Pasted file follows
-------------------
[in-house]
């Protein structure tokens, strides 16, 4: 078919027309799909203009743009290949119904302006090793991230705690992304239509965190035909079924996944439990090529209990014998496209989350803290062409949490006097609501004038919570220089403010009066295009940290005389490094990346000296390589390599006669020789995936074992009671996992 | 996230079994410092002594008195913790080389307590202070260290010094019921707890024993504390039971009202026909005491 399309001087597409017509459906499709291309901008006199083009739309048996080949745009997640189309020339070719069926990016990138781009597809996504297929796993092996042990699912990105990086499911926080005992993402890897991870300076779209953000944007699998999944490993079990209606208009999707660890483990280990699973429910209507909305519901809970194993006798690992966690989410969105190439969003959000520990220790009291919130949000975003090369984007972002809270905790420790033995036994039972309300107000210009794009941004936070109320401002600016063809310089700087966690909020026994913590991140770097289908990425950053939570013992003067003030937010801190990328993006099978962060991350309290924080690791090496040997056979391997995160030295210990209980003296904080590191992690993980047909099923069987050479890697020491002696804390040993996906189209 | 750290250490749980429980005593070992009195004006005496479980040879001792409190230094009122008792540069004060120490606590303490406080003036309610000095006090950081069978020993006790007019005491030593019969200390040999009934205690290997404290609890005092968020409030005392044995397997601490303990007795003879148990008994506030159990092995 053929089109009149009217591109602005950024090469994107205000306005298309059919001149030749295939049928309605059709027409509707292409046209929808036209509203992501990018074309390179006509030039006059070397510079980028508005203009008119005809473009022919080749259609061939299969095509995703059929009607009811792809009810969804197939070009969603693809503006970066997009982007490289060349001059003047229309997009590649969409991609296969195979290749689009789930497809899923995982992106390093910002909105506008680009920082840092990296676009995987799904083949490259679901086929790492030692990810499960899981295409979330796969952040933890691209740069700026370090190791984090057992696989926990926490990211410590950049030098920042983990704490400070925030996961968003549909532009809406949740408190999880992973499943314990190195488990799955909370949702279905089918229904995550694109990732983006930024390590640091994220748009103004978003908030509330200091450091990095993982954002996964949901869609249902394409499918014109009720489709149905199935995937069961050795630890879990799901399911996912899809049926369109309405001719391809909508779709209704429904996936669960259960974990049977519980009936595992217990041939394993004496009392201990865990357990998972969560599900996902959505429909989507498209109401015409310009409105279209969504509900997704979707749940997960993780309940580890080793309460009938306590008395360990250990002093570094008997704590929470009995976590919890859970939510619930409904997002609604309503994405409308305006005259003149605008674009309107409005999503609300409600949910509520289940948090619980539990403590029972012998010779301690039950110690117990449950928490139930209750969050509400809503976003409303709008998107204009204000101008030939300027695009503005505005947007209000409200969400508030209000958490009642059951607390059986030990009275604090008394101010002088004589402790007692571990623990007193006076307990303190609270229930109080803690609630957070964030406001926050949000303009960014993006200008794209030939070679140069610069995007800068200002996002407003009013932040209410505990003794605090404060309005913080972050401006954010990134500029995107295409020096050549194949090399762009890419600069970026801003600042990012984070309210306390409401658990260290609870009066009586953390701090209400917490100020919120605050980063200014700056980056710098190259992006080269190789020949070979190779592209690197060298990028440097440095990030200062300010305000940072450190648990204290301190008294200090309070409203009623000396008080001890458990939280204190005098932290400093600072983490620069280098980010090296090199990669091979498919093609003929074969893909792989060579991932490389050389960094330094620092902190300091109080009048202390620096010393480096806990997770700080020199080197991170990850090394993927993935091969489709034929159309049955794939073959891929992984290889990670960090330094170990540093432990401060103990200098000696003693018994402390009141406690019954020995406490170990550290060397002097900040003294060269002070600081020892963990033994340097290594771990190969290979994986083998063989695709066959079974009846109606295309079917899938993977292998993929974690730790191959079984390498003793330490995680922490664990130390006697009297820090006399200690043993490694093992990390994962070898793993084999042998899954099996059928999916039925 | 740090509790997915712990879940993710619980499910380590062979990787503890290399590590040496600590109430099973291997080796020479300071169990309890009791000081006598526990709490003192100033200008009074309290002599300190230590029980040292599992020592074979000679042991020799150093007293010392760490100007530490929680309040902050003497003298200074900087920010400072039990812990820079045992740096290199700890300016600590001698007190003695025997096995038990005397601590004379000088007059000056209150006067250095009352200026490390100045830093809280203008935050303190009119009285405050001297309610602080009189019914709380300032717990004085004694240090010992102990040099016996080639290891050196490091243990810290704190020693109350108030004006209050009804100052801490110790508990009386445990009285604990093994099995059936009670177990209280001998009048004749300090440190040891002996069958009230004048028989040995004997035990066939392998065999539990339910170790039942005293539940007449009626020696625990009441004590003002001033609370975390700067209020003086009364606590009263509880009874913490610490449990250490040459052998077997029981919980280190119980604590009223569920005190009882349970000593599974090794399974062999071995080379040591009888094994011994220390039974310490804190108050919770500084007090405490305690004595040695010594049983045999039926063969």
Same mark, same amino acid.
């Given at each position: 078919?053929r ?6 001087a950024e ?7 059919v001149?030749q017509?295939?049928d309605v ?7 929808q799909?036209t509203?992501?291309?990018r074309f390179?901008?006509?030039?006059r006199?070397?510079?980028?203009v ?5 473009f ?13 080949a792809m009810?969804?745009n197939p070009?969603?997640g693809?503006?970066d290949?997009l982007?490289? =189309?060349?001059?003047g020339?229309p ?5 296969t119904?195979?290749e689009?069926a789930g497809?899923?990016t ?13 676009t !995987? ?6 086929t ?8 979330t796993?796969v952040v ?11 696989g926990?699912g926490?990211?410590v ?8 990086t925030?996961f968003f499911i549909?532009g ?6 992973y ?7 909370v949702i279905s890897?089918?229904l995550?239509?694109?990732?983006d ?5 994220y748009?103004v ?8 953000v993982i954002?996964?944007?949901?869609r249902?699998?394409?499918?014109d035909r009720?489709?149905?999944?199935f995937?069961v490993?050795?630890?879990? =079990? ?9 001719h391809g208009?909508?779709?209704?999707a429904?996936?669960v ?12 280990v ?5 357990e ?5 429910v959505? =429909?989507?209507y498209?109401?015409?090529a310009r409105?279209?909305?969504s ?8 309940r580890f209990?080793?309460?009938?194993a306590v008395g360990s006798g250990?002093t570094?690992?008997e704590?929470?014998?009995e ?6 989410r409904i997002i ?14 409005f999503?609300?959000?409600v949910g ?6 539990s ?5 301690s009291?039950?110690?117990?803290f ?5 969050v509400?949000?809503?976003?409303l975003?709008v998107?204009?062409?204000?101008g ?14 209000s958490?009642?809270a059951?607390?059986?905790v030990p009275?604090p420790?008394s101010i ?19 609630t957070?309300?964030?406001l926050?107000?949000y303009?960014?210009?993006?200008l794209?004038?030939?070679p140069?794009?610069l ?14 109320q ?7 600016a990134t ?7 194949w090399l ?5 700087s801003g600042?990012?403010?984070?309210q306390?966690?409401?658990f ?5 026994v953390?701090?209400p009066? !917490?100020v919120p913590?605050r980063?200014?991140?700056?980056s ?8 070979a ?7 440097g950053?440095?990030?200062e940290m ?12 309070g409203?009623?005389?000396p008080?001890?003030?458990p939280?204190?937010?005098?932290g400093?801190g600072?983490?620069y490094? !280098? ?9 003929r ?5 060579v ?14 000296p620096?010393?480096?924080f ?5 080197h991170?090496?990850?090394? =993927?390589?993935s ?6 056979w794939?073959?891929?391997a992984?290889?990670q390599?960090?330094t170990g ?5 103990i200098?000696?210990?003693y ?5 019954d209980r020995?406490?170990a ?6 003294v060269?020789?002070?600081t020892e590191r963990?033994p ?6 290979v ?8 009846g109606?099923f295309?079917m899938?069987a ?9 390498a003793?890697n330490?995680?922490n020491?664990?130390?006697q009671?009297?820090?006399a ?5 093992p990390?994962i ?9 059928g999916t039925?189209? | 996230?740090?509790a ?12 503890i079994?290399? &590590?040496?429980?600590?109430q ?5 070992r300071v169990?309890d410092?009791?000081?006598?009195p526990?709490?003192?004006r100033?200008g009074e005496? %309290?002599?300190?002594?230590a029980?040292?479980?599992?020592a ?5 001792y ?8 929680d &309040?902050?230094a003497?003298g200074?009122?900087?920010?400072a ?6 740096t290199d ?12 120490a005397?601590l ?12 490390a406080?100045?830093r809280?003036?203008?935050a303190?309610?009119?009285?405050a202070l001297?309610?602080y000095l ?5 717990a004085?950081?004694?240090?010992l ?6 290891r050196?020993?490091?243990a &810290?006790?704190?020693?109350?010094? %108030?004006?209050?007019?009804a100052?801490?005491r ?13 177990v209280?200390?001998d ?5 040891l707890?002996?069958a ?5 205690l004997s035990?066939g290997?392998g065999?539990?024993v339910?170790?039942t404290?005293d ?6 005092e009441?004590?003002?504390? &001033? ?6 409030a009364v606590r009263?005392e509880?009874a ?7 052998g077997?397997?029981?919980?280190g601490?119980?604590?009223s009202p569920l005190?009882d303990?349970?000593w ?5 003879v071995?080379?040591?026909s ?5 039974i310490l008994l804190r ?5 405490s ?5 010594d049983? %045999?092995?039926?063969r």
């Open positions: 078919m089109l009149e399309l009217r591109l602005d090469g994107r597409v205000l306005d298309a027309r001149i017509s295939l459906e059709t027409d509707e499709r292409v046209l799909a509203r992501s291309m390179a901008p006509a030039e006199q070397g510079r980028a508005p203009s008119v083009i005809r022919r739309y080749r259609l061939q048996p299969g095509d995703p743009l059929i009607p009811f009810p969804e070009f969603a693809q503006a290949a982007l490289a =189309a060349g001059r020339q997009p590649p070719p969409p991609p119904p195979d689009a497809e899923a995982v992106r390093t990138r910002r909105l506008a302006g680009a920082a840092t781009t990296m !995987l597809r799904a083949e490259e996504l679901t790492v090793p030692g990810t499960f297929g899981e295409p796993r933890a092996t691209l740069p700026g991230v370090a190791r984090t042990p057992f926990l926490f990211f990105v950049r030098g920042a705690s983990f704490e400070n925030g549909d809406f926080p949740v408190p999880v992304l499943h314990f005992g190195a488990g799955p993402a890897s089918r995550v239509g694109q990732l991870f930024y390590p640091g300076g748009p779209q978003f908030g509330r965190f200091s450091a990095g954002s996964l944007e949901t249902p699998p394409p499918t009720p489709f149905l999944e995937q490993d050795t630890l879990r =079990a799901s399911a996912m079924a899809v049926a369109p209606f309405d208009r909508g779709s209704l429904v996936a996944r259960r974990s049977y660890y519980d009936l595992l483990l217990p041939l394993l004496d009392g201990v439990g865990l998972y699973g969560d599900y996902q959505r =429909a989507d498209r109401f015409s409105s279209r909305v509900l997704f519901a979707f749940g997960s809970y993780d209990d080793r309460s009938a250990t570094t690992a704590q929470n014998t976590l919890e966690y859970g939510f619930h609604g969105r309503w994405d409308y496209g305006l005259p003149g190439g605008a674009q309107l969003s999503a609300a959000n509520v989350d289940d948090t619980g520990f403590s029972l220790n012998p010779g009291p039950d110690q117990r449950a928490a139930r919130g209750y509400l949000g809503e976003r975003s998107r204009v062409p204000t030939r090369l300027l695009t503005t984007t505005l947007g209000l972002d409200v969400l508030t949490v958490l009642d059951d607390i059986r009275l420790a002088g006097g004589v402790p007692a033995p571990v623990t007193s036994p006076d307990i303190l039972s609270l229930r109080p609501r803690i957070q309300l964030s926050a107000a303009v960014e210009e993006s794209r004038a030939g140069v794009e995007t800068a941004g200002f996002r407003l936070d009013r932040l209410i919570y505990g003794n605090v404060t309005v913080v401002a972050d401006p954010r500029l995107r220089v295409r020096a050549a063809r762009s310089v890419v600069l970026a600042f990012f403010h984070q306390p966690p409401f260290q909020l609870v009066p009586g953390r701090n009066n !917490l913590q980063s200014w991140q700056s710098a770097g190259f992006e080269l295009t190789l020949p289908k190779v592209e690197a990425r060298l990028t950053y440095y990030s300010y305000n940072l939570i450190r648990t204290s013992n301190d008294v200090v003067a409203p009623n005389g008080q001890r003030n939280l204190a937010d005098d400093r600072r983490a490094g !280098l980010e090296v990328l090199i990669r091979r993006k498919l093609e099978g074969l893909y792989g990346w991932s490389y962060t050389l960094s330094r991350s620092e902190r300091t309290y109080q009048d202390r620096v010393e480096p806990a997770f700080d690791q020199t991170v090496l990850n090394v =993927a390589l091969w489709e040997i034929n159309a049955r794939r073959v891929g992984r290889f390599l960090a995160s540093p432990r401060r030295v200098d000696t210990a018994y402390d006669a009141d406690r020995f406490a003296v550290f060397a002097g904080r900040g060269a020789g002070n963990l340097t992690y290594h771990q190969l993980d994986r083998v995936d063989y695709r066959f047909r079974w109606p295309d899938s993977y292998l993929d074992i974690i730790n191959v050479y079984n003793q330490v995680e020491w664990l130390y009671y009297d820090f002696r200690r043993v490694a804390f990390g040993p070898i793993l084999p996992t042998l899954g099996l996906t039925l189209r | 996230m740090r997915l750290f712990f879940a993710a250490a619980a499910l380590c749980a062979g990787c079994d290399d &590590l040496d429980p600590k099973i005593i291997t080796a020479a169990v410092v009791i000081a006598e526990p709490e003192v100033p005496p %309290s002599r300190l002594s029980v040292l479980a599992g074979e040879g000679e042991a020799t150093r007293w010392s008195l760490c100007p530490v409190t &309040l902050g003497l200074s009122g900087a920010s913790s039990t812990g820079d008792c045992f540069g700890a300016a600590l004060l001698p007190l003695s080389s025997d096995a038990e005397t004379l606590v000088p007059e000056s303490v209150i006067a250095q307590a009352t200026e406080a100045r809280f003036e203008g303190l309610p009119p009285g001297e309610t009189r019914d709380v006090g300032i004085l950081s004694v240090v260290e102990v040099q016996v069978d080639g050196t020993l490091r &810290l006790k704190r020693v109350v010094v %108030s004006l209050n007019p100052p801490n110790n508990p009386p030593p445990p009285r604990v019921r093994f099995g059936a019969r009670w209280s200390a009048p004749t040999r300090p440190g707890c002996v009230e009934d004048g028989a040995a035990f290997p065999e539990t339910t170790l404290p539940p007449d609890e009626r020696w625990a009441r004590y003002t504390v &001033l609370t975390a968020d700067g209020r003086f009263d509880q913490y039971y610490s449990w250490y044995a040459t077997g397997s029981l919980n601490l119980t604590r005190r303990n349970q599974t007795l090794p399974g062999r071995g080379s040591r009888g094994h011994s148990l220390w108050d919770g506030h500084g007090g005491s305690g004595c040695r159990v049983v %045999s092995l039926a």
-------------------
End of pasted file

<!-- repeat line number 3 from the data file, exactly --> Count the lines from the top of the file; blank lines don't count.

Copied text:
Same mark, same amino acid.